Friday, February 26, 2016

Tower and Fish

Midnight painting madness continues apace. I am happy to report that I have almost one half of the cover (whether the front or the back I don't yet know) of The King of Nightspore's Crown more or less completed:

I say midnight painting, though of a truth much of this was produced on weekends, mostly while "napping" the baby by bouncing her little chair with my foot. She wakes up the instant I stop this motion, and it takes quite a bit of coordination to keep the bounces out of the picture. And yet somehow I've never been able to dribble a basketball.

At any rate, here we have an abstracted version of the pseudospherical Tower of Bel reaching up into the stratosphere against an Enochite skyline, with the Leviathan that symbolizes both primeval Chaos and the all-powerful State swimming into a brackish hemlath swamp. Some aspects remain to be touched up, but I like how it's going so far.

In case you've forgotten, here's the original sketch of the cover in toto:

The pigment is somehow mixed with the identical purple dresses of Cora and Clarice, the resurrection of the mummy Xaltotun, the beheading of the vampire Lucy Westenra, the squashing of the witch Gagool beneath a heavy door, the revelation of Pip's benefactor on a storm-tossed night, and the horrible spontaneous combustion of the rag-and-bottle merchant Krook. As you can see, I paint very, very slowly.

I am tentatively to have another art show this summer. My friend who runs the gallery, a forward-thinking MFA and art instructor at the local college, is always just a tiny bit disheartened by my staid attention to naturalism, my addiction to illustration, and my meticulous planning. So I hope to complete a few more abstract and spontaneous pictures before now and then to gladden his spirit. To that end, I'm working on the Chicken Man:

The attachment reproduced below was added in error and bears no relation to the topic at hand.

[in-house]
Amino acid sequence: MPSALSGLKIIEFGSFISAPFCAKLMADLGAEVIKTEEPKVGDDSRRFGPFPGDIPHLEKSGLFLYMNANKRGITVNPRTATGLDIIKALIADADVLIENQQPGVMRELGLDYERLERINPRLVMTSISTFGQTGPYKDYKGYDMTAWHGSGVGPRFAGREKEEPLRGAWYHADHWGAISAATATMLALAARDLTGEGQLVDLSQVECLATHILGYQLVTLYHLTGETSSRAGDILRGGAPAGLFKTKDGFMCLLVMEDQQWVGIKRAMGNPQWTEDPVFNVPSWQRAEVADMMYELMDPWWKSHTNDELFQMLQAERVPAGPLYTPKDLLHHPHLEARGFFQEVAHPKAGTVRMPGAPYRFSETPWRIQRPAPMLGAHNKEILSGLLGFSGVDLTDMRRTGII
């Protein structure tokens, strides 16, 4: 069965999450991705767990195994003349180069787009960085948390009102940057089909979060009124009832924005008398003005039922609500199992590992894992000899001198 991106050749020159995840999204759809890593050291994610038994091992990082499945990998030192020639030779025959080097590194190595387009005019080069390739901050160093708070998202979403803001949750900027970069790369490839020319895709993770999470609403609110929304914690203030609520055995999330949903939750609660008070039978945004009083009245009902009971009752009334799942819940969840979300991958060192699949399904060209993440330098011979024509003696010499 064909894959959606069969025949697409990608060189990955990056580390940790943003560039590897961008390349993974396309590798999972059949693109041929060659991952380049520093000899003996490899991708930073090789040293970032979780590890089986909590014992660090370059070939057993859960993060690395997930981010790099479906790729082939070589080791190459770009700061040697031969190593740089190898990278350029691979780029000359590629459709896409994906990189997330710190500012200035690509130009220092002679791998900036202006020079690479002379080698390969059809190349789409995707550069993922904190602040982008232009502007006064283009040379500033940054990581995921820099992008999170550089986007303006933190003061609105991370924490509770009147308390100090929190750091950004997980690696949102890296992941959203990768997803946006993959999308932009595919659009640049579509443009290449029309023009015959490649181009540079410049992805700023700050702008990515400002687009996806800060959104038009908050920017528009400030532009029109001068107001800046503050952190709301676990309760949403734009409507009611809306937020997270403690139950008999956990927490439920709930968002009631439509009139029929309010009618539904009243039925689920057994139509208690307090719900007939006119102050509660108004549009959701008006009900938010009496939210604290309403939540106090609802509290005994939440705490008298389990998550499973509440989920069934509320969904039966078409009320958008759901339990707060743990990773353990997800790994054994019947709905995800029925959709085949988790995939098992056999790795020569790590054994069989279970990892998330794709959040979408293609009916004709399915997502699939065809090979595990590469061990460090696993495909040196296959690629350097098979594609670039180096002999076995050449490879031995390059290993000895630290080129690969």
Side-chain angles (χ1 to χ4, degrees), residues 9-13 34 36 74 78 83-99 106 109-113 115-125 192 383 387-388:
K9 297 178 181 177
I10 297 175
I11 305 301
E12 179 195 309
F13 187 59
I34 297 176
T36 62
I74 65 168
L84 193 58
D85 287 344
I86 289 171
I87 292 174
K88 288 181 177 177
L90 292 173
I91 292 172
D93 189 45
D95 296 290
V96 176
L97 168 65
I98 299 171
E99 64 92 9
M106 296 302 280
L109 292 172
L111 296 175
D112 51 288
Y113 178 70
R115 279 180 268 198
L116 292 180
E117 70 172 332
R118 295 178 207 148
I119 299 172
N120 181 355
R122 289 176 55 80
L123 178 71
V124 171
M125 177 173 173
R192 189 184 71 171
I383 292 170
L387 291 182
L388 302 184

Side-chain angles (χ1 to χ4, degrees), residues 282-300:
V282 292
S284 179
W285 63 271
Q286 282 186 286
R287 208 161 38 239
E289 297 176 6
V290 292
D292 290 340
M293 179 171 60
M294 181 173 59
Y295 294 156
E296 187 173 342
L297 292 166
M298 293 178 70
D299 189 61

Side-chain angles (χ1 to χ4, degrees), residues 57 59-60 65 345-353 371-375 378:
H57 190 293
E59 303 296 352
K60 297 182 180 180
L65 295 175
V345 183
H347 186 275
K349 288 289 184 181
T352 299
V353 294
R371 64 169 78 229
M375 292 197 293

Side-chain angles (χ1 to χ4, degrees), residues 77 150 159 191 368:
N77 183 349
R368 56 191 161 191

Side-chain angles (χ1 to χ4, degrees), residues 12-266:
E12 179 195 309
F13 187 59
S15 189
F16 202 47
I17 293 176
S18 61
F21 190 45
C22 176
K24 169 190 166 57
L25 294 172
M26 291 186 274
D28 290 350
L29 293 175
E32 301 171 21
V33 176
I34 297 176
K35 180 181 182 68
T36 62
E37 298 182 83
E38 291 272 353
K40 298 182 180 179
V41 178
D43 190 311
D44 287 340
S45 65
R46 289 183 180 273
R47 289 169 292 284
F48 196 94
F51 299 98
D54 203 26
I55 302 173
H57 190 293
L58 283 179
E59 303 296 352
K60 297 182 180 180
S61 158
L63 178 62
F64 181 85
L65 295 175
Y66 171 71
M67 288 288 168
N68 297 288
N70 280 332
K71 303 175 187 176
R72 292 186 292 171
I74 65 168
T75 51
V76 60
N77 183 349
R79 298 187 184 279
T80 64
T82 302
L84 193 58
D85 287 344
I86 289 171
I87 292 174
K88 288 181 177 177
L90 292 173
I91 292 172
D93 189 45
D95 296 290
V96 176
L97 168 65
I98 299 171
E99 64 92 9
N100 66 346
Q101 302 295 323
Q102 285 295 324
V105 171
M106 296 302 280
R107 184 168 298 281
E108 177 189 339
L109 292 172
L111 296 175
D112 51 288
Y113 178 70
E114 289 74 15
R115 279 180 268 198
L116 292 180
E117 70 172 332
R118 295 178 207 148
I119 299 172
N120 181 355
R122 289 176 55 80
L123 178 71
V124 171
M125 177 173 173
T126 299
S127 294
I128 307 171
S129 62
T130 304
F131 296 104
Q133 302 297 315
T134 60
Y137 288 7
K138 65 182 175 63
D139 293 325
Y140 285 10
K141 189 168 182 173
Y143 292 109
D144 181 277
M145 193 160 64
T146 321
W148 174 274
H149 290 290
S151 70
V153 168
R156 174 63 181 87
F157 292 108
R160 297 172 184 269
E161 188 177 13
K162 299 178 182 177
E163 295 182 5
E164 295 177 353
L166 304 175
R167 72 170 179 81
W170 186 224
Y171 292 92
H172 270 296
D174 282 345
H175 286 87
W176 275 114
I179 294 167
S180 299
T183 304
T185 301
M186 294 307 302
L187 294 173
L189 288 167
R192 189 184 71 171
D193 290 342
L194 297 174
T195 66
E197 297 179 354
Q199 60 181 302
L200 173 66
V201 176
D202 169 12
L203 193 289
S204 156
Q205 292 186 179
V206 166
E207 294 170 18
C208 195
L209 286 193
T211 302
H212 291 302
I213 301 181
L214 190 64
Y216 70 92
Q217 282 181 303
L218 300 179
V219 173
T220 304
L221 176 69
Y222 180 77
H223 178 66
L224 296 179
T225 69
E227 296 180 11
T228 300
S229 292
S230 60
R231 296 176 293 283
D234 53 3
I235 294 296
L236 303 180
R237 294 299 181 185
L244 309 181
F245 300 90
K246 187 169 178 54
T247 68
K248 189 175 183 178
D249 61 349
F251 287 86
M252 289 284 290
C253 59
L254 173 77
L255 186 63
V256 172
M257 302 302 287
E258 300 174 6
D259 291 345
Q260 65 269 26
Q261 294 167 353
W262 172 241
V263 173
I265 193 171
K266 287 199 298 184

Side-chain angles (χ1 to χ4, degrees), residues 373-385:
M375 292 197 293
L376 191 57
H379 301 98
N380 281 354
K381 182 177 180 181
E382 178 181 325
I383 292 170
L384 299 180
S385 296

He was originally drawn to please my four-year-old daughter; the ghostly image of Margo, her orange dinosaurian crony, may be seen through the Chicken Man's right leg, on the next page of my sketch book. Why he's called the Chicken Man I don't know. Perhaps because it's a hard world for little things. His pathos fills me with sad tenderness.

His body is formed from turning a random squiggle into a surface by converting the crossings into shaded twists, forming (in topological terms) a punctured surface. This particular surface happens not to be orientable, as an examination of his right hip suffices to indicate. It follows that he's not a Seifert surface, though I wouldn't tell him this to his face. His genus is nine. Well, ten, if you count his little toe-loop.

Man, the obscure geometry and topology references just keep coming tonight. Maybe the pressure is starting to get to me.

Monday, February 15, 2016

Flatland: A Romance of Many Dimensions

I CALL our world Flatland, not because we call it so, but to make its nature clearer to you, my happy readers, who are privileged to live in Space.
Having recently re-read Edwin A. Abbott's Flatland: A Romance of Many Dimensions (1884), a late Victorian novella which I assign as reading in the geometry course I teach every spring, I am struck with the fact that here is a bona fide fantasy that rarely makes the canons of fantasy fiction. British fantasists like H. Rider Haggard, William Morris, and George MacDonald are always named, though rarely (one suspects) read. Earlier satires like Gulliver's Travels and Utopia receive honorable mention. But Flatland, which is enjoyable as both a fantasy and a satire, is sadly excluded, and its author, a clergyman, unknown to fantasy-lovers.